Some could say that Dallas County is truly a “tale of two counties.” While growth in jobs and housing values have been in top rankings nationally, Dallas County leads Texas’ five largest counties in both the number of adults with less than a high school degree (23%) and those with some college experience but no diploma (20%). The underinvestment in substantial portions of our population is hindering the economic growth of our community while contributing to a society of “haves and have nots.” More is needed to reach the Partnership’s 60×30 Texas state goal, that 60% of adults ages 25-34 (who are youth aged 11-20 now) have a postsecondary credential or degree by 2030.
However, for the approximately 158,000 students in the Dallas Independent School District (“DISD”), the outlook for postsecondary and career success will shortly be brighter given the district’s recent announcement to substantially increase its early college offerings. In partnership with Dallas County Community College District (“DCCCD”), DISD recently announced a plan to strategically expand its Early College high school offerings to eight high schools, serving up to 400 students per school or 3,200 in total…targeting schools where postsecondary completion rates have been well below the County and District averages.
Early College Best Practices – What Gets Results?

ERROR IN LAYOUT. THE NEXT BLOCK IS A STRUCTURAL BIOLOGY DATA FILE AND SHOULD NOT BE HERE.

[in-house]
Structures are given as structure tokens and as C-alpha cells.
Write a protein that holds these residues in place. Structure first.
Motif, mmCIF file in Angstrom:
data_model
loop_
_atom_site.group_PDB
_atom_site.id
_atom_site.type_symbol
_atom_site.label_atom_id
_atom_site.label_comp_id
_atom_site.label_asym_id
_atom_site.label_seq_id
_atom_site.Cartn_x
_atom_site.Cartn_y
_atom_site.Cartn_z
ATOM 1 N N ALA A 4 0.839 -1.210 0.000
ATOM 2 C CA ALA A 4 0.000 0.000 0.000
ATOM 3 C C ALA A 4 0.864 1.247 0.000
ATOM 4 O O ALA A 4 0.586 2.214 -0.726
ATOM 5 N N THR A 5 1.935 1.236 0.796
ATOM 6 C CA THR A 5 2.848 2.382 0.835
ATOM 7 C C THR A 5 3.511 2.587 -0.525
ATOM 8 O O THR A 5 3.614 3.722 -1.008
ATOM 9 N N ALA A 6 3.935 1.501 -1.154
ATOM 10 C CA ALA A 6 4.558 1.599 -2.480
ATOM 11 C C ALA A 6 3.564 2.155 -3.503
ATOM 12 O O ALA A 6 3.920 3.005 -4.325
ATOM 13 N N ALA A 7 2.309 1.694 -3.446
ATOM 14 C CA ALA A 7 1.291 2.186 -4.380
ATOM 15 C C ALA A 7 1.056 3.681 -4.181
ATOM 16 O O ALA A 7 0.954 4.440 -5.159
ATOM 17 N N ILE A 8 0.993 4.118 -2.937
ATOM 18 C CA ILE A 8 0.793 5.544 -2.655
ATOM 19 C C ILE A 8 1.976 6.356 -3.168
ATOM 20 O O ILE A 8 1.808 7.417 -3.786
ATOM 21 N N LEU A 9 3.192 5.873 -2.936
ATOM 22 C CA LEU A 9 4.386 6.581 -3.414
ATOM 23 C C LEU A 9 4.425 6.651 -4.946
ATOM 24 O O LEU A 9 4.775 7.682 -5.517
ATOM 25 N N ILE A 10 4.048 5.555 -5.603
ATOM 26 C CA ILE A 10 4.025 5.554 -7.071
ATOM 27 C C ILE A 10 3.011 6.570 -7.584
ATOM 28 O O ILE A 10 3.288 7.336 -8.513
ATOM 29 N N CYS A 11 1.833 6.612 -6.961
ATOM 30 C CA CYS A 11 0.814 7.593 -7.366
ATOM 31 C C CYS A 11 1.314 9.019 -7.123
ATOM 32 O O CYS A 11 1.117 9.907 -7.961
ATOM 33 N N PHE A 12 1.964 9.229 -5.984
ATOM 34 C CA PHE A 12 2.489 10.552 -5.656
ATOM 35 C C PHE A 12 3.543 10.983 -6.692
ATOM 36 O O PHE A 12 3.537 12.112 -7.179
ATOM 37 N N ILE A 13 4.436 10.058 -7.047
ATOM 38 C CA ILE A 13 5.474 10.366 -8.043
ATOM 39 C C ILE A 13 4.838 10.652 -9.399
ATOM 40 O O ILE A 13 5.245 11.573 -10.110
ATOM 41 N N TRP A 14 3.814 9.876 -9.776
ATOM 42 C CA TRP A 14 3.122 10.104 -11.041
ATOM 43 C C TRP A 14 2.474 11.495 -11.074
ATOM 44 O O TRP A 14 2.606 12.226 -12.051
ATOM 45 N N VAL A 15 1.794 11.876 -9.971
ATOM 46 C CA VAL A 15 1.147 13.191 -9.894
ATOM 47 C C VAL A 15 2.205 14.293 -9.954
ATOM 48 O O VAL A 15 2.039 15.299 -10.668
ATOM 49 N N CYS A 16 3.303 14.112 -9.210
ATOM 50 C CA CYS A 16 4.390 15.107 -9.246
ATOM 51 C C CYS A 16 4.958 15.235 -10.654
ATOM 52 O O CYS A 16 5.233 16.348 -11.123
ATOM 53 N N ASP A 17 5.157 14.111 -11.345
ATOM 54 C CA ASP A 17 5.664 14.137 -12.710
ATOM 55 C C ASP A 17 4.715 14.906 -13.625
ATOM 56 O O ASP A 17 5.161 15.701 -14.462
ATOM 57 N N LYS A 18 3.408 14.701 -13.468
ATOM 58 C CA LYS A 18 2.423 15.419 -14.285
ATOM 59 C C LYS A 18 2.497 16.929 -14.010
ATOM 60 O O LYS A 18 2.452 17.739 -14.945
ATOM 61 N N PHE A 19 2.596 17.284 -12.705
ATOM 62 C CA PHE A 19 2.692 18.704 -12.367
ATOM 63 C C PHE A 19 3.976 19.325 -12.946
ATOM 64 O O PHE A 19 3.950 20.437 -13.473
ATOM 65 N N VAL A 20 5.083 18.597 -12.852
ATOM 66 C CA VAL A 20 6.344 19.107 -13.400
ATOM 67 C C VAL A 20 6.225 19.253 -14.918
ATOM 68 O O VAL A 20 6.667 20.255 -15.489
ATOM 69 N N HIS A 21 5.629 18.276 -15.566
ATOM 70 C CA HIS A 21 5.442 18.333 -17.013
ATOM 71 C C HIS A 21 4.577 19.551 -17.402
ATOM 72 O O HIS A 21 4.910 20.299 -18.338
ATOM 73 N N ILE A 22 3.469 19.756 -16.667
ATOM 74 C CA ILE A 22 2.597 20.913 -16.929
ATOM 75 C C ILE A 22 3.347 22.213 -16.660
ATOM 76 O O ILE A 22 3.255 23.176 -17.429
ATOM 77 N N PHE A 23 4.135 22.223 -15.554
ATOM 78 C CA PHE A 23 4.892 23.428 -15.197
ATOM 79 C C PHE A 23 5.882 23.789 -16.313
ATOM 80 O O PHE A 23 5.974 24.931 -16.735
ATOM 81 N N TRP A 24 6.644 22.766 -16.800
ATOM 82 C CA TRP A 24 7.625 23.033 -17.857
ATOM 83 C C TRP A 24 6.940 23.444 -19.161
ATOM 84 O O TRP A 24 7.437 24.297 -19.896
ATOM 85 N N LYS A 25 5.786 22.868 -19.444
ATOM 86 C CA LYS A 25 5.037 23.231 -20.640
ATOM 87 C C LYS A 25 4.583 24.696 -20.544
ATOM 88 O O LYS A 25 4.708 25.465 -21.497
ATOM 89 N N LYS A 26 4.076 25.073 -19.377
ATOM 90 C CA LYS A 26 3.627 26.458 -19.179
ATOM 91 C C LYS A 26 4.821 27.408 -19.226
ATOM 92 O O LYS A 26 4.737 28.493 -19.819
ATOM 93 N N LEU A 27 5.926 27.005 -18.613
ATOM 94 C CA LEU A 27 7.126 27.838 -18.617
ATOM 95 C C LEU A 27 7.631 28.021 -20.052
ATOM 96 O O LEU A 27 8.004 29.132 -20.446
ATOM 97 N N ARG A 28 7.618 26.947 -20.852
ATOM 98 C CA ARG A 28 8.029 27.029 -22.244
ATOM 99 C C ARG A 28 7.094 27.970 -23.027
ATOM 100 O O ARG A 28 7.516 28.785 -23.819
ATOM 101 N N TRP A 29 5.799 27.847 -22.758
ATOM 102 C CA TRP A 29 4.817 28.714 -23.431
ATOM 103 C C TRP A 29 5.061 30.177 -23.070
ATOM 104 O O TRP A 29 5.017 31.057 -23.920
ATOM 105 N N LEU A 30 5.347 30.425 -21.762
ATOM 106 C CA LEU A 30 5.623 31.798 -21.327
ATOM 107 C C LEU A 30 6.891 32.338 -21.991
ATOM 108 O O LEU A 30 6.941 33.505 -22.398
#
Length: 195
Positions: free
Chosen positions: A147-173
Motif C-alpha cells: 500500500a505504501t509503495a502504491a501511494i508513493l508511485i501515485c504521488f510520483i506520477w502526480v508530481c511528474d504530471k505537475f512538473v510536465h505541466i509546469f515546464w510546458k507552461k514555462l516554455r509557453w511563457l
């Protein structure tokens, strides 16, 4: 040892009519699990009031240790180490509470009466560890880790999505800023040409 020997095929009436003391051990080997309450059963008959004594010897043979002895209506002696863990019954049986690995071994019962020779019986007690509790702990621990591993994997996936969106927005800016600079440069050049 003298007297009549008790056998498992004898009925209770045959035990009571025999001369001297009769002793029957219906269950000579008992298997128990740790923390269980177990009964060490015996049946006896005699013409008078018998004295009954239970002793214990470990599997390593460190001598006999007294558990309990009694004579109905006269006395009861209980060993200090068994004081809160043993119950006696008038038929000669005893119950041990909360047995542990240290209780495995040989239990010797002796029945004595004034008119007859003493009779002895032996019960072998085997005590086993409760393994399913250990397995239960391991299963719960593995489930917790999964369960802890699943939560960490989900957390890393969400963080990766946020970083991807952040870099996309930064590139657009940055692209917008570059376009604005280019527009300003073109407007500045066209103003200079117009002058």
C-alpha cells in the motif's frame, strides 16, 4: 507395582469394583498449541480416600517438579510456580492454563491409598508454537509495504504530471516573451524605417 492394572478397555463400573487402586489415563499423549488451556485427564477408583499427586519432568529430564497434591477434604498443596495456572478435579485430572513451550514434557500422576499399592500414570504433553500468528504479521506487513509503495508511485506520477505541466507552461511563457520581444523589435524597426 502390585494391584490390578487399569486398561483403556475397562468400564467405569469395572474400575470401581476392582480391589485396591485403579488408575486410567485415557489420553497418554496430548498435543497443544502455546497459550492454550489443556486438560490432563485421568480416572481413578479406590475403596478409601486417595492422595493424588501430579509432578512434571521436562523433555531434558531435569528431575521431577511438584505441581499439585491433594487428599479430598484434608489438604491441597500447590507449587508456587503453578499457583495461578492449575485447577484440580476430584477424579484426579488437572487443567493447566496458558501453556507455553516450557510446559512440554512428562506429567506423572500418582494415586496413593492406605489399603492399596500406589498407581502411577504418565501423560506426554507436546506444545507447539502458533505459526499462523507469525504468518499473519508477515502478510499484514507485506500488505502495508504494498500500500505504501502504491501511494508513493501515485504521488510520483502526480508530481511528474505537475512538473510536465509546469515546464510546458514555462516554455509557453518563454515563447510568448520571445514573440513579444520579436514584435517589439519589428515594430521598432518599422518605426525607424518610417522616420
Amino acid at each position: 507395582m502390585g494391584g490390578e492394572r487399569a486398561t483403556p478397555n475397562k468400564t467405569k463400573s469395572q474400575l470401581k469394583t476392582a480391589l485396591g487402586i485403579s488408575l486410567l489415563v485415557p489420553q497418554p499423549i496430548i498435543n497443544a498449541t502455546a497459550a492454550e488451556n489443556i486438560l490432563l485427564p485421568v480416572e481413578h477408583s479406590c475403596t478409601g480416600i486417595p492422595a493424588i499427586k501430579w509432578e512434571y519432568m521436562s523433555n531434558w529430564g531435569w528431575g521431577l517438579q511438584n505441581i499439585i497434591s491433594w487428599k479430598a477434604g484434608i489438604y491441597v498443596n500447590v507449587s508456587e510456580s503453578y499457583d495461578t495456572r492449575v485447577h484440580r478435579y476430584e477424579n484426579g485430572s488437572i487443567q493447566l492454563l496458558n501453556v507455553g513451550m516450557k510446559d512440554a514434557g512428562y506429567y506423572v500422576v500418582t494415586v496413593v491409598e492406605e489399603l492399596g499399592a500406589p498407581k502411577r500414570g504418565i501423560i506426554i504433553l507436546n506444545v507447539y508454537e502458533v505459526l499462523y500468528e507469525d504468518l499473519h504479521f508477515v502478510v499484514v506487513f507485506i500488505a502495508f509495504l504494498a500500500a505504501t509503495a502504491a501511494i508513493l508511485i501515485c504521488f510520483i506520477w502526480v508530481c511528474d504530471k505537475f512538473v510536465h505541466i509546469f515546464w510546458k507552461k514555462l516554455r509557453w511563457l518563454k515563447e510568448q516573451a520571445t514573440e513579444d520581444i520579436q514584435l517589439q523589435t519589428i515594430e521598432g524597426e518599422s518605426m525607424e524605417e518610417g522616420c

It is well known that Early College programs offer a unique opportunity for students not only to graduate high school with a high school diploma but also with an Associate Degree, dramatically reducing the cost and barriers to higher education access while increasing the likelihood a student can complete a four-year degree. A strong relationship with a university partner is a key component for this success, but equally important are the systems and strategies in place at each early college campus. They include:
- Professional development for educators focused on the integration of the Texas Essential Knowledge and Skills (TEKS) and the Texas College Readiness Standards.
- Smaller learning environments coupled with academic and emotional support systems designed to foster student success.
- Clear curricular pathways and coursework which explicitly teaches study skills and directs students toward the completion of career certification and/or an Associate’s degree.
- Sustainable funding that braids together community college and ISD sources.
The Data Behind the Eight New Early College Programs in DISD:
- The overall college enrollment and six-year completion rates for high school graduates of Dallas County public high schools is 59% and 28%, respectively, reflecting a troubling 3% and 2% decline, respectively, from last year’s report.
- Dallas ISD bucked the recent trend by slightly increasing its six-year completion rate slightly for the most recent class reported (H.S. Class of 2009) but still trails the region overall at 21%.
- One of Dallas ISD’s outliers has been its early college high school programs, which reflect an estimated 37% six-year college completion rate at Garza ECHS and Lassiter Middle College*. These programs allow a student to graduate with both a High School degree and an Associate Degree at no cost to the student, significantly reducing the cost of their higher education which is an important factor within a district where 87% of students are considered economically disadvantaged.